My thoughts (Brent Walsh):
Thanksgiving Dinner at my in-laws has always been preceded with Uncle Doug leading us in prayer. He’s the preacher in the family, and his prayers are sure to be an eloquent trip to the Throne of Grace. After all these years Uncle Doug has it down to a science. He starts with a divine salutation; he leads into a word of thanks for friends, family, and safe journeys from afar. The family is joined at the hands, standing in a circle around the dinner table. As Uncle Doug prays, we smell the turkey that has just come out of the oven and the sweet potatoes nestled under melted marshmallows bubbling over the sides of the glass dish. In just a moment we’ll all sit down and start passing the heaping dishes. But Uncle Doug has not retreated from the Pearly Gates just yet. He prays for the soldiers in the military, the leaders who govern the country, the unsung heroes in the soup kitchens, and the devoted folks who deliver Meals-on-Wheels, but who never get noticed…
I open my eyes and shift my stance to the leg that is still awake while my mind starts to wander. Ruth made her cranberry chutney again this year. I don’t like cranberries unless they’re dried and shriveled and served on salad. Diane brought those red velvet cupcakes she knows I like – the ones with the cream cheese frosting.
“…Thanks for the pastor and his family. Bless the poor folks who have no family. Bless all who are less fortunate – in Africa, in South America, in the Philippines…”
Finally, with a flourish of elegance, Uncle Doug closes his prayer and a subdued chorus of Amens ripples around the table. Both my sweaty hands are gently squeezed before being released.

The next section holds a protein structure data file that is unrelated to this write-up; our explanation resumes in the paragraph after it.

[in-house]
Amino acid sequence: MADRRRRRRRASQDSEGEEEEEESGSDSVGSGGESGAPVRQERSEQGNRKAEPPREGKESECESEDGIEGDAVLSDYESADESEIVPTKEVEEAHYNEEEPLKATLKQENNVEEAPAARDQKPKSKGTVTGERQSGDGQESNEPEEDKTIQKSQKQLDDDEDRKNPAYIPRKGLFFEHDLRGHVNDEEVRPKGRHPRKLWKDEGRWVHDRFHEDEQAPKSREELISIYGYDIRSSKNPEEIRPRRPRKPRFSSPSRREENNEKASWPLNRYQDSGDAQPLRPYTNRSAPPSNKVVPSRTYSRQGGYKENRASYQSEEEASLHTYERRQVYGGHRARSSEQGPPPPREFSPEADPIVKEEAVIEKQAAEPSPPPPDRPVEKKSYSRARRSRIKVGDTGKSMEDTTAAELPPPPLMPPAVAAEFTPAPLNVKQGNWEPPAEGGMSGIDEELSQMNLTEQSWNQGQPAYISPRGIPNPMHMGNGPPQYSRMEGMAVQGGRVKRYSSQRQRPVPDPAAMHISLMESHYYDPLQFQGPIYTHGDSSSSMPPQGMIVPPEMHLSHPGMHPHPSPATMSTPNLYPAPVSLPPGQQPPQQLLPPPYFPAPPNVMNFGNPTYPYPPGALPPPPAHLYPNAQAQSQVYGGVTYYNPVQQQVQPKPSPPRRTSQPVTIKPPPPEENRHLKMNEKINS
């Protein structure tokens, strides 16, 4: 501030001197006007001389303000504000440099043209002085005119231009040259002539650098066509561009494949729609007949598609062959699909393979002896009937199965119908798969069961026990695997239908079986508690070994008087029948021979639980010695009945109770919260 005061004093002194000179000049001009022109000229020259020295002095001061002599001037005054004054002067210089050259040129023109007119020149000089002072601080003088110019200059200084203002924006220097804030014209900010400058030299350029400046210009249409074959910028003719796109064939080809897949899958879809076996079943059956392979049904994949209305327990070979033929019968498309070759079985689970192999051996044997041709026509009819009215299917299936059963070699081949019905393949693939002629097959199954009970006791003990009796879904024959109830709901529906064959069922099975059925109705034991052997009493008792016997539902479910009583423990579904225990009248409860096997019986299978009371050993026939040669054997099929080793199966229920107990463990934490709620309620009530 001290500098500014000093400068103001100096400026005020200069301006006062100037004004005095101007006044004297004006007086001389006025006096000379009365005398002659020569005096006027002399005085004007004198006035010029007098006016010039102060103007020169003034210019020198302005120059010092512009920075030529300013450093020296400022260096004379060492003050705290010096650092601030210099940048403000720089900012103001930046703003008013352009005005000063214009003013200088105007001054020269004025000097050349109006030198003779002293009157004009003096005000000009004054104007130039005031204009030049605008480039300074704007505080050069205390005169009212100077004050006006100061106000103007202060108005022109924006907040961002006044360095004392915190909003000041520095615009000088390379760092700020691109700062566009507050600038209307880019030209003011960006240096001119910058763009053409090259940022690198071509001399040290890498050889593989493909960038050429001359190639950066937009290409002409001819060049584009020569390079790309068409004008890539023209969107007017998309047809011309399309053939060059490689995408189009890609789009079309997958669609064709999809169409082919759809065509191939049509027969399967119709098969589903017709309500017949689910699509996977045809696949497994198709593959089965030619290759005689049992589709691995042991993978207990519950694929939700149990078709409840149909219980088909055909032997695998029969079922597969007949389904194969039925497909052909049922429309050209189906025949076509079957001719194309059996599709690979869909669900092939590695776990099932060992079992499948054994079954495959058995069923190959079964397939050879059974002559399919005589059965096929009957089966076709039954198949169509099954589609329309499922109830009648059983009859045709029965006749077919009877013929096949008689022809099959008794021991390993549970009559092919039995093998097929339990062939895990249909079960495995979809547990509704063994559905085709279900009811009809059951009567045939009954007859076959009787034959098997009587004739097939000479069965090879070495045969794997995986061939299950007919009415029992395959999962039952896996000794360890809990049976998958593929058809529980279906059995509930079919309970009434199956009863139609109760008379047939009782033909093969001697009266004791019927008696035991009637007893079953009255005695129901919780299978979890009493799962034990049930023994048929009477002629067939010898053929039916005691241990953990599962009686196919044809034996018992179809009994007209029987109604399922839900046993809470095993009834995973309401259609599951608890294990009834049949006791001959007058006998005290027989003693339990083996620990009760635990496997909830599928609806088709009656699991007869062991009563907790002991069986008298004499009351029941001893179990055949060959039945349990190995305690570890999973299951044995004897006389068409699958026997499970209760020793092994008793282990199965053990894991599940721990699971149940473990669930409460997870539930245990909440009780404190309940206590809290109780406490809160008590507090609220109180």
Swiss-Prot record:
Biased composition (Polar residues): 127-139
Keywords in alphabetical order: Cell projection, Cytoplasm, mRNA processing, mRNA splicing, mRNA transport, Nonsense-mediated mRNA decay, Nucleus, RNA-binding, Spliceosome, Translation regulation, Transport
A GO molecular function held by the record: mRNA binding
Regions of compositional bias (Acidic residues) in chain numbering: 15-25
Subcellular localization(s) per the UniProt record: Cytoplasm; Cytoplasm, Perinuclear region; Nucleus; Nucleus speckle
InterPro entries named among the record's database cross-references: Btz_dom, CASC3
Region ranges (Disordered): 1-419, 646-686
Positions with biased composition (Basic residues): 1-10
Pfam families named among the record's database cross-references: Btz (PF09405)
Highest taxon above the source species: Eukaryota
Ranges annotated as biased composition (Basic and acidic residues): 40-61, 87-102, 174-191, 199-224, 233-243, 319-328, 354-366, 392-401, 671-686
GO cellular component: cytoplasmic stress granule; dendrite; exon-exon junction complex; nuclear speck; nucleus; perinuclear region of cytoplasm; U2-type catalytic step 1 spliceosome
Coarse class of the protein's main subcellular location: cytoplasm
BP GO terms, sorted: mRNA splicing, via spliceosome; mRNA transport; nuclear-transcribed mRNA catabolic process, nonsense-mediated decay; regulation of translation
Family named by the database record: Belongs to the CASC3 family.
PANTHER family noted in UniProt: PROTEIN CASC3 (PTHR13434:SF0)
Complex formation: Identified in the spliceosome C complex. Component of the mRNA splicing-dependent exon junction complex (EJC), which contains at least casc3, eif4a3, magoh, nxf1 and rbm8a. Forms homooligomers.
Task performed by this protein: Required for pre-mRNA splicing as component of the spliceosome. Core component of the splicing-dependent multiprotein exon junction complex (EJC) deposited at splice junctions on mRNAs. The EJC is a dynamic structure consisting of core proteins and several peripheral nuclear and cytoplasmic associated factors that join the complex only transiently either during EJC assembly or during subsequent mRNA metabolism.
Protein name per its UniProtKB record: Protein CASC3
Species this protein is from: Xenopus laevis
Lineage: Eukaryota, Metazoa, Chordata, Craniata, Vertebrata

Last Thanksgiving as we gathered around the table to join hands, much to my shock and horror, my father-in-law proudly announced to everyone that since we have a seminarian in the family now, he should be invited to offer the blessing. Everyone smiled at me and nodded their approval as I tried to conceal my panic. I do not like to pray out loud, so I usually have a backup excuse to get out of it. I couldn’t think of one this time, so I stomped on my brain’s accelerator and raced back in time to retrieve Uncle Doug’s formula. Divine salutation. Friends. Family. Safe journeys. Turkey. Crap! I need more than that! Philippines. Meals-on-Wheels. Blessings. Hands that prepared the meal. But these hands were now clasped and everyone’s eyes were closed in anticipation for the journey that I was supposed to lead them on. “Dear Lord…” and my mind went blank. Not even Meals-on-Wheels stuck around. I looked at the tops of my family members’ heads. This wasn’t going to be pretty.
As I prepare for the Thanksgiving gathering this year, I recognize that we all have our own unique approach to prayer. Some of us stroll contentedly through the garden of blessings, basking in the presence of God and completely forgetting about the turkey while we commune with the Holy. Others of us stumble through a few haltering acknowledgements and then finally crash into the amen once we realize our train of thought is tangled up in the bushes. The good news is that God is not concerned with how we come in prayer. The important thing is that we present our prayers to God in the way that comes most naturally to us, even if that means we don’t say anything out loud at all.
Thought for the day: Present your Thanksgiving prayer to God in your way. Pray the way that helps you communicate and cultivate a deeper relationship with God.
We encourage you to include a time of prayer with this reading. If you need a place to get started, consider the suggestions on the How to Pray page.